Community rallies behind teenager Hayley Quick to make a carriage

A group of strangers have helped a teenage girl with special needs to feel like a princess.

They replied to an online plea for help to get seventeen-year-old Hayley Quick to a debutante ball after she fell ill a few days before the event and was too weak to walk down the isle. 

The plea went viral within hours and Hayley’s mum Melanie was inundated with fairy lights, fabric, flowers and a tiara so the wheelchair could be transformed into a fairy tale carriage. 

Whey Hayley saw it at the ball her eyes lit up and she shed a tear. 

“She felt like a princess in a carriage,” Mrs Quick said. 

“She absolutely loved it, she shed quite a few tears because she’d made it there.

DANCING: Hayley Quick at Maitland Community Special Needs Ball.

DANCING: Hayley Quick at Maitland Community Special Needs Ball.

“Her face was priceless, she didn’t want to get out of her wheelchair at the end of the night and normally she doesn’t want to get in it. 

“We are so overwhelmed by the community effort, their love and support, from people I don’t even know. I can’t thank everyone enough.”

Hayley was born with polymicrogyria, a condition where the brain develops abnormally before birth. 

She relies on her wheelchair to move around when she is too weak to walk.

Mrs Quick didn’t think Hayley would be able to go to the ball after her conditioned deteriorated and she ended up in John Hunter Hospital on oxygen and having seizures three days before the ball.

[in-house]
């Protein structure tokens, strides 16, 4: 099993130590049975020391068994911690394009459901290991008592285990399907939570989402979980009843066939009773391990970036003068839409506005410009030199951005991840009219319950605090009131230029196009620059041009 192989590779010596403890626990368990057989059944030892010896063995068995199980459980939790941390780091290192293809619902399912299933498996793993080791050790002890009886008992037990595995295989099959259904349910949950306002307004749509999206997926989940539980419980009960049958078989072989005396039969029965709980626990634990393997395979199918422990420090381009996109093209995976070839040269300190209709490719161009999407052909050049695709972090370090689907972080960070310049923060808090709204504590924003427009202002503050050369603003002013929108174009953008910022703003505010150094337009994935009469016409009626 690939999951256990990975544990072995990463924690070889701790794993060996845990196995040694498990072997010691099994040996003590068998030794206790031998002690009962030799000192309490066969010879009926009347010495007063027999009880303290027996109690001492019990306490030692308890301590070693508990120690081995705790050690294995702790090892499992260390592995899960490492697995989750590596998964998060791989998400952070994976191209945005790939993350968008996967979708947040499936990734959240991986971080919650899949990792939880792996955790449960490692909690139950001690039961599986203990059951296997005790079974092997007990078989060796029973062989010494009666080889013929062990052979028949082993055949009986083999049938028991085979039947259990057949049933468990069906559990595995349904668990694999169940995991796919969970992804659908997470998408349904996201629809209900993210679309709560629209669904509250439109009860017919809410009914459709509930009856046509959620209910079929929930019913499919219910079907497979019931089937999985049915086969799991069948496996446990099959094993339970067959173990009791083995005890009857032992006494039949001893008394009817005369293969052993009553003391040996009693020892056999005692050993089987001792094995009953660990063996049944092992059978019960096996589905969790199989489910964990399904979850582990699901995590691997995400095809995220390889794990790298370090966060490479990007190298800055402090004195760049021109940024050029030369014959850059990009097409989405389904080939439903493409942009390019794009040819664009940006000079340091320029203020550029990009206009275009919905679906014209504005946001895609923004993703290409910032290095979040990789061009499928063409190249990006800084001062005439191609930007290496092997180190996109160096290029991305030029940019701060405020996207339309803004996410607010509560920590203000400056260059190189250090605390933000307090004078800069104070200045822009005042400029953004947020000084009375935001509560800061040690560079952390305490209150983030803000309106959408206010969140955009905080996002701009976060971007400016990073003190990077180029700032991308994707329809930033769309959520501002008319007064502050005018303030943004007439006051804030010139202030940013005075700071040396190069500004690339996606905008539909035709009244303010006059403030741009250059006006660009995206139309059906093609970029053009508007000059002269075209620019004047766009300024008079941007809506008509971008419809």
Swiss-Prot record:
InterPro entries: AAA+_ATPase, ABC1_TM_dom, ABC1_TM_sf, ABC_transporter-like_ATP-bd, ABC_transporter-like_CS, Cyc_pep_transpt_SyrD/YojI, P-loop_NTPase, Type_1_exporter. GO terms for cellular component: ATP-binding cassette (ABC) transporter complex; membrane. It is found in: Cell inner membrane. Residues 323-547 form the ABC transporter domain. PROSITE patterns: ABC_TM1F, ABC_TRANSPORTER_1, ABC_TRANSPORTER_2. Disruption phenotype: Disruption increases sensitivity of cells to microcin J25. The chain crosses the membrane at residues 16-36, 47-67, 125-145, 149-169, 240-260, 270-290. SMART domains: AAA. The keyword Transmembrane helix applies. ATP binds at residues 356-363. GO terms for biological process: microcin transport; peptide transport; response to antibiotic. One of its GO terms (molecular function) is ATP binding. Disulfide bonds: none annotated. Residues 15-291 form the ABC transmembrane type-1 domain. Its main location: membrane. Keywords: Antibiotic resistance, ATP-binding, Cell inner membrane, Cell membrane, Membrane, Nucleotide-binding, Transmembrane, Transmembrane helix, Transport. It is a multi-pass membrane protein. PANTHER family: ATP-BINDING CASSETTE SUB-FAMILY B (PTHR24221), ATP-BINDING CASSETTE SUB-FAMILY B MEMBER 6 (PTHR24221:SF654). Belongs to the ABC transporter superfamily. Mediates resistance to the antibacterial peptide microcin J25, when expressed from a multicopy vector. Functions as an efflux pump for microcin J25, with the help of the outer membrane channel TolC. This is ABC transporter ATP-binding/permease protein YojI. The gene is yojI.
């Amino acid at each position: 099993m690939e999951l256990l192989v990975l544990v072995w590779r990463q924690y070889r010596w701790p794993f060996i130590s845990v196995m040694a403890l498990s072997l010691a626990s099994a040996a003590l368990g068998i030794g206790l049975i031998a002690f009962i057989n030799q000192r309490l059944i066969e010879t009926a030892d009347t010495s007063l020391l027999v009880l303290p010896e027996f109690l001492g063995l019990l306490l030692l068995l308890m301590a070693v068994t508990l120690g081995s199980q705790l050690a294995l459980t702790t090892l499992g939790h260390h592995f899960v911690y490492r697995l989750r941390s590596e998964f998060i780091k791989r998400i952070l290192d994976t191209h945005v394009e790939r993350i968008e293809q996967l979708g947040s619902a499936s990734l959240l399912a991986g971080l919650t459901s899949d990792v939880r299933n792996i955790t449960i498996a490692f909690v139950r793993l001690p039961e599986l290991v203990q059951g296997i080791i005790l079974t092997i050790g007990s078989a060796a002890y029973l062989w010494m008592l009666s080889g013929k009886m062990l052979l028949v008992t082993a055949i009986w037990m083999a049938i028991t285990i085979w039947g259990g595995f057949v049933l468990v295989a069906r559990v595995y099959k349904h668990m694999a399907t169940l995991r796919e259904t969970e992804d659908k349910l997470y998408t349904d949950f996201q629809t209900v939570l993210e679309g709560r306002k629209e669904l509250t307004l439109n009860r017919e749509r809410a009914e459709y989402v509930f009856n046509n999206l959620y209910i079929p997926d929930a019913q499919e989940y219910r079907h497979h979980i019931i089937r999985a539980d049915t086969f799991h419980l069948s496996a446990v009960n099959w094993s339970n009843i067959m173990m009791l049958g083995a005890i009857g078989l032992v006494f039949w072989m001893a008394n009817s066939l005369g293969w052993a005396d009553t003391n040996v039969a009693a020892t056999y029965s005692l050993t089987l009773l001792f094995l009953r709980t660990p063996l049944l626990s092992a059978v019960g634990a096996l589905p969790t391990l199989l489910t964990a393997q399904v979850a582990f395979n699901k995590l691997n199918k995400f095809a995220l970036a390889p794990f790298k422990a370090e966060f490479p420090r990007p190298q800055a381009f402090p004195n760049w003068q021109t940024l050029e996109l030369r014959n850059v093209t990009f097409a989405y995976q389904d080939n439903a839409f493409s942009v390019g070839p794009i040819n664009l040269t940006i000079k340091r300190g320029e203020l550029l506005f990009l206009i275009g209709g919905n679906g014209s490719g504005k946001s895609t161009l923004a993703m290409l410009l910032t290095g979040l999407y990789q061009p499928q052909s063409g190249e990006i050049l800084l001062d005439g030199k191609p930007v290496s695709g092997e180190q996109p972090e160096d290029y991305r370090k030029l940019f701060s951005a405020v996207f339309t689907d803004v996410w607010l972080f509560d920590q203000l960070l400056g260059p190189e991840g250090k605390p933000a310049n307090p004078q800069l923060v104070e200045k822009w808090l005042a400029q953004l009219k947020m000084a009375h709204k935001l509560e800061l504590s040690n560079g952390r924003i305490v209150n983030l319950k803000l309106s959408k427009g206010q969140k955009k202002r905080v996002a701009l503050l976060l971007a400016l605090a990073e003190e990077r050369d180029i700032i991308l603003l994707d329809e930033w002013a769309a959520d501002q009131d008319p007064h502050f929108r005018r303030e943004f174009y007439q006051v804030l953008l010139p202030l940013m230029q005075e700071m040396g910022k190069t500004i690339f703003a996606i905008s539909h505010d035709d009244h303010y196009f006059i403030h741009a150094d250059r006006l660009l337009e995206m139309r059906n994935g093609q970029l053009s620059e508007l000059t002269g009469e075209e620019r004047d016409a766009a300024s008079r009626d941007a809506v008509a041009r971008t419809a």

“Her breathing was compromised … It was serious, it was scary, she scared me,” she said.

“We weren’t even thinking of the ball, we were just scared for her.”

When her condition improved the day before the August 5 ball the doctor gave her a leave pass for a few hours so she could attend. 

“I decided I wanted to make her wheelchair into a princess carriage,” Mrs Quick said. 

BELLE OF THE BALL: Hayley Quick in her carriage the community helped make possible.

BELLE OF THE BALL: Hayley Quick in her carriage the community helped make possible.

“I put a little story out on some of the local buy, swap and sell pages, saying that our daughter was in hospital and if anyone could help make the wheelchair into the carriage.

“I was overwhelmed with the response, I had so many messages coming through from people wanting to help.

“People that I’ve never met organised to pick up stuff from other people who had donated it and dropped it off at my friend’s work.”

Mrs Quick’s friend and her husband made the carriage on Friday night and she put the finishing touches on it when she came home from the hospital. 

“For Hayley the night was about wearing the pretty dress and the tiara,” Mrs Quick said.

“We planned for her dad to walk her down the isle and dance with her, but it didn’t happen like that because she wasn’t well enough.

“One of the partners of another girl came and asked her to dance so she got out of her chair for a little while for a dance, it was very emotional.

“We would do it again in a heartbeat if we could.”

Mrs Quick praised the ball organisers for holding the event. 

“It’s fantastic, they should be able to do what everyone else does, and they have proved that they can,” she said. 

“They all had a great time.”